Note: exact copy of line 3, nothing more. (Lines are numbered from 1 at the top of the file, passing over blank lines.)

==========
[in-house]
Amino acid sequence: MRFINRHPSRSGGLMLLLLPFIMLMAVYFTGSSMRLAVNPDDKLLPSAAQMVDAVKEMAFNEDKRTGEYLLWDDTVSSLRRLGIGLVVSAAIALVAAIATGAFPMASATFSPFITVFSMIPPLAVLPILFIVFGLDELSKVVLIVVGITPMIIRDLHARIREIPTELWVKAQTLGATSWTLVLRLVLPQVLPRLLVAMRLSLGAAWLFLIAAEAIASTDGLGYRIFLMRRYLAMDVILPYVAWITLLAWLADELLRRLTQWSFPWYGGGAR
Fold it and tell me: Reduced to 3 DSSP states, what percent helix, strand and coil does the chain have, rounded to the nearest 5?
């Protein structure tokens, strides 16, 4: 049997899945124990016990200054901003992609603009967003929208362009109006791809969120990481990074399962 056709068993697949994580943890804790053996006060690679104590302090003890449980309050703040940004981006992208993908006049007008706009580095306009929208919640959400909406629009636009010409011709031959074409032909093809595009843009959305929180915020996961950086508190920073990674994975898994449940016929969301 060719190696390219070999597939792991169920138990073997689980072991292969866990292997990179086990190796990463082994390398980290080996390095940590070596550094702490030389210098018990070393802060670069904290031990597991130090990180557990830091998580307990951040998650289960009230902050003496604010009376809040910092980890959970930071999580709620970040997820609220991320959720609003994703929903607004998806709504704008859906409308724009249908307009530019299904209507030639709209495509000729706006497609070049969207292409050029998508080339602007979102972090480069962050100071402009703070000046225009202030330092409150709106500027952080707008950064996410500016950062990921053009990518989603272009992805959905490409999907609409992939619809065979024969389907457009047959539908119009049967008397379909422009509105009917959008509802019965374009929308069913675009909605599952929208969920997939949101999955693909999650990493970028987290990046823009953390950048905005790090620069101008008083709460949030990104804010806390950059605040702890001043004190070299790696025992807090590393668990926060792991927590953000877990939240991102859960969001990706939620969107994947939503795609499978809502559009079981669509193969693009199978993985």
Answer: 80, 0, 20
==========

Fold it and tell me: Reduced to 3 DSSP states, what percent helix, strand and coil does the chain have, rounded to the nearest 5?